This will be key for Yale: Stop the running game and force them to pass. In the first two games this year, Georgetown had possession times of 20:23 (-19) minutes against Holy Cross and 22:19 (-15) minutes against Lafayette. This suggests that the Hoyas have trouble running the ball. In those games they only ran for 38 and 19 yards, respectively. By halting the Hoyas’ running game, Yale may force Georgetown to rely on their passing, which has been unreliable. The Hoyas have been completing about 50 percent of their passes, resulting in only 131 yards in the first game and 194 in the second. Additionally, Georgetown’s third down conversion was two out of 16 in game one and four out of 15 in game two. If Yale can stop the run and force them to pass, the Elis can key in on receivers and force turnovers and sacks. In order to stop the run, Yale may have to contain former Patriot League rookie of the year running back Charlie Houghton. So far this year, he has only rushed for 54 yards, averaging 3.2 per carry, which is mediocre even for a player coming off a year riddled with injuries. Houghton has proved that, if left unchecked, he can be a strong force on the field.


Turnovers ruin good teams and bail out bad teams. This can be seen in the results from Georgetown’s first two games. Despite being dominated by Holy Cross in all other categories, Georgetown forced four turnovers (two fumbles, two interceptions) and only committed one, thus resulting in a +3 turnover aggregate. It was these turnovers that allowed Georgetown to lead the game until the fourth quarter, losing on two late drives by Holy Cross. In contrast, Georgetown had higher total offensive yards against Lafayette but was blown away 28-3 due to a -3 turnover aggregate. If Yale beats Georgetown in the turnover category, the Bulldogs will win the game.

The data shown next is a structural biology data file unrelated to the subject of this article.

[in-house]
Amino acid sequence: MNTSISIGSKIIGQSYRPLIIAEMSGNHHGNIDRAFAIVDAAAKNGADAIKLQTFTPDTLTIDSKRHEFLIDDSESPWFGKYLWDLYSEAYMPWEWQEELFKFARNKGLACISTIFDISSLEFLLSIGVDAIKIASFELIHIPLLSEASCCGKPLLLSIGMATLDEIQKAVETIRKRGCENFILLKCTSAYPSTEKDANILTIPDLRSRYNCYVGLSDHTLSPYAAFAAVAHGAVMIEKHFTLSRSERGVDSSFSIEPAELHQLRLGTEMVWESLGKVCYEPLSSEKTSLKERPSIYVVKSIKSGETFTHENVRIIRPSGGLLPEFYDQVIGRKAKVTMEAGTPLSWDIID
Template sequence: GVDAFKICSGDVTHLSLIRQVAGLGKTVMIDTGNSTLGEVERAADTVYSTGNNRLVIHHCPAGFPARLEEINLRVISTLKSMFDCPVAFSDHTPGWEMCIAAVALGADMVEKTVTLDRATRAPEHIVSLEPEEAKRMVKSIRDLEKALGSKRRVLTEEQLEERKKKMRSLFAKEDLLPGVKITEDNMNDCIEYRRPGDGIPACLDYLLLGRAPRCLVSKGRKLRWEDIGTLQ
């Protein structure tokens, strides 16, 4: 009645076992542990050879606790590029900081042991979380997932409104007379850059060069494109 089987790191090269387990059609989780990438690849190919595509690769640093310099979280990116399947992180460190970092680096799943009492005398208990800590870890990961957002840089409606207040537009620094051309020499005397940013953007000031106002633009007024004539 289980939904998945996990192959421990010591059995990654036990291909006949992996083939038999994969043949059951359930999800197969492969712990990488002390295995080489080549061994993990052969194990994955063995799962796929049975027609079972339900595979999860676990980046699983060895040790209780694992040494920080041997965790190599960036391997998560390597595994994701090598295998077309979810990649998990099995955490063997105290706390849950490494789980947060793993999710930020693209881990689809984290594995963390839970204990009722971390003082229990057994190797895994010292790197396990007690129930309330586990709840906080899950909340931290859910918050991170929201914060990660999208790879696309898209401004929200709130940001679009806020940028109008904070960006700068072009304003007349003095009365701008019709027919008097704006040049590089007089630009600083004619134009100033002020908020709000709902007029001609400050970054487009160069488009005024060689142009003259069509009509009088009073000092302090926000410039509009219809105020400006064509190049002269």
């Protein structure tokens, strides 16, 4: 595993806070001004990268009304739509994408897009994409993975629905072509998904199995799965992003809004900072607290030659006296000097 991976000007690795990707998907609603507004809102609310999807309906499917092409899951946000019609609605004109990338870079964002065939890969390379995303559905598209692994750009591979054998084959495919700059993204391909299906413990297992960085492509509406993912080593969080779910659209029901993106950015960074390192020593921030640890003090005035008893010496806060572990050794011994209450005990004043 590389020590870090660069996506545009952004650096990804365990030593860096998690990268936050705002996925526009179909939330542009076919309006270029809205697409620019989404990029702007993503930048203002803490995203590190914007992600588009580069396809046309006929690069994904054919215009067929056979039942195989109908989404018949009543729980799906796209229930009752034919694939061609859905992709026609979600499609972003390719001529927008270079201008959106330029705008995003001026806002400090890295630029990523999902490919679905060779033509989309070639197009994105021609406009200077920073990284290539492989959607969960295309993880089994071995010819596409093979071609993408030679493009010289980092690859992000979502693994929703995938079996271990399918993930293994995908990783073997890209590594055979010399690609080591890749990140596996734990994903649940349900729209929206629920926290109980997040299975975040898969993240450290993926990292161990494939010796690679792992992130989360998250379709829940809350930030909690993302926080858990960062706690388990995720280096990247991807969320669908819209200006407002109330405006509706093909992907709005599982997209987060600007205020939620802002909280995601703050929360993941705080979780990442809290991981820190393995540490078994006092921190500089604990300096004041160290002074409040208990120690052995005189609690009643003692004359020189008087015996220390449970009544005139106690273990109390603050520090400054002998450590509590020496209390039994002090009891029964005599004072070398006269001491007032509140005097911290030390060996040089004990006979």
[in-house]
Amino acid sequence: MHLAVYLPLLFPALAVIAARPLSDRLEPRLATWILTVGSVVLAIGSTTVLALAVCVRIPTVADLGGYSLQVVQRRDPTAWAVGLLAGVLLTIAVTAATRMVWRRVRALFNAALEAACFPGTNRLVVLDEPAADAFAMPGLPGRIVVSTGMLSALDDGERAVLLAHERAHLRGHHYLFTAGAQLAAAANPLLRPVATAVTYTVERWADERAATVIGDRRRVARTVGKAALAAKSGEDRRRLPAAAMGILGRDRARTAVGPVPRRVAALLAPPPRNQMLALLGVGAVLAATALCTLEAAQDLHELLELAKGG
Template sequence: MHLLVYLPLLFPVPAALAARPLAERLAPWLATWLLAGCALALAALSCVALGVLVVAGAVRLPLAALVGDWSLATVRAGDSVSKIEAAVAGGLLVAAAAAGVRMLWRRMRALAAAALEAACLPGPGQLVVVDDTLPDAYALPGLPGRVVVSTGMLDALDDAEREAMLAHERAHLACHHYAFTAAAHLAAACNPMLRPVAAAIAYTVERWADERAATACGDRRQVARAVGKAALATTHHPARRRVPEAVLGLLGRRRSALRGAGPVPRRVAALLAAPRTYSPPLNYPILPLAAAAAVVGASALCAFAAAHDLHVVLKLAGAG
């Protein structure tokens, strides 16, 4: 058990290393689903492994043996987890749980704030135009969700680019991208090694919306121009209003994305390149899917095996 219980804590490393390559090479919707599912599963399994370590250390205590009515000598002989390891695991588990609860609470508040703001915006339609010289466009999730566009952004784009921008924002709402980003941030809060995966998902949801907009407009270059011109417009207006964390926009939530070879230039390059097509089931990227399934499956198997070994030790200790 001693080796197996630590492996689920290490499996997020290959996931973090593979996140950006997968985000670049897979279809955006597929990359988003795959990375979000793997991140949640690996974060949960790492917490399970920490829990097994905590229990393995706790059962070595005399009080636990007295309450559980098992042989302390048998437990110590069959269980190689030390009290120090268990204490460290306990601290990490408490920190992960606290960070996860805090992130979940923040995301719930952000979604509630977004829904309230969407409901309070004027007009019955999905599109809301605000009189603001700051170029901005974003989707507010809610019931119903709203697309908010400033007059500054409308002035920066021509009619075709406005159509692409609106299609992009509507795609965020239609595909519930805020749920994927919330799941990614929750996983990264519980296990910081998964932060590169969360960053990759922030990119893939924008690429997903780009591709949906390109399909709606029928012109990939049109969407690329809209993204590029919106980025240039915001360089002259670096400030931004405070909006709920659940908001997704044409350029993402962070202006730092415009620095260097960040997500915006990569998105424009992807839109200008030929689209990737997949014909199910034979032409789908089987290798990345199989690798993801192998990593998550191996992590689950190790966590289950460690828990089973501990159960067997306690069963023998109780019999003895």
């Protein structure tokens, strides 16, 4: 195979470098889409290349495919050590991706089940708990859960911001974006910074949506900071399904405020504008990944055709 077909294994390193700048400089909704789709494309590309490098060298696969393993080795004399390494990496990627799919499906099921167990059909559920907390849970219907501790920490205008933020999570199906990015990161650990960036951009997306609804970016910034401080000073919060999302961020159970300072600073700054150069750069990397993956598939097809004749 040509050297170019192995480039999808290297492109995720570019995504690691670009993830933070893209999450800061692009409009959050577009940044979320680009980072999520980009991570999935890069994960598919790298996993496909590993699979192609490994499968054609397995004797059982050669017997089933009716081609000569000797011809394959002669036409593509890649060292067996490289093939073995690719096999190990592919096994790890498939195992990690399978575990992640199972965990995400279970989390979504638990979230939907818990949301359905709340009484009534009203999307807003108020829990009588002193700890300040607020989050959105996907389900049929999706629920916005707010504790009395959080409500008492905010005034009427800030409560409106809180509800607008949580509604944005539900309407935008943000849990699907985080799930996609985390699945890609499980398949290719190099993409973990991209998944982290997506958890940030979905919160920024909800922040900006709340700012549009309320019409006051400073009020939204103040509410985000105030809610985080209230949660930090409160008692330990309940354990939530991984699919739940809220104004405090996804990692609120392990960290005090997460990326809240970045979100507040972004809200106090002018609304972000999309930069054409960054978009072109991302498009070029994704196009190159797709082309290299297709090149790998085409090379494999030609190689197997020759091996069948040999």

Yale scored the first touchdown in every one of its winning games last season. This statistic speaks for itself: If the Bulldogs get an early lead Saturday, they will come away with a “W.” In this game it is particularly important to score first: It will force Georgetown to pass, thereby stopping the run and increasing turnovers (see points one and two). Yale cannot let the Hoyas come out strong like they did against Holy Cross two weeks ago. The history of sports shows that underdogs frequently win. If the Hoyas are allowed to develop a lead, the accompanying momentum and energy could lift them to victory.


Quarterback Patrick Witt ’12, perhaps the Bulldogs’ most promising transfer in over a decade, makes his debut Saturday. Head coach Tom Williams praised Nebraska’s former backup quarterback for his consistency in the preseason; this will be his first actual test and could foreshadow the Bulldogs’ chances at an Ivy League title. The starting lineup for Saturday’s game will contain a handful of other new faces. There is only one returning starter on the offensive line, Cory Palmer ’10, and altogether, five former starters have been moved down the depth chart. Veteran players returning from injuries, such as running back Jordan Farrell ’10, are looking to make an impact.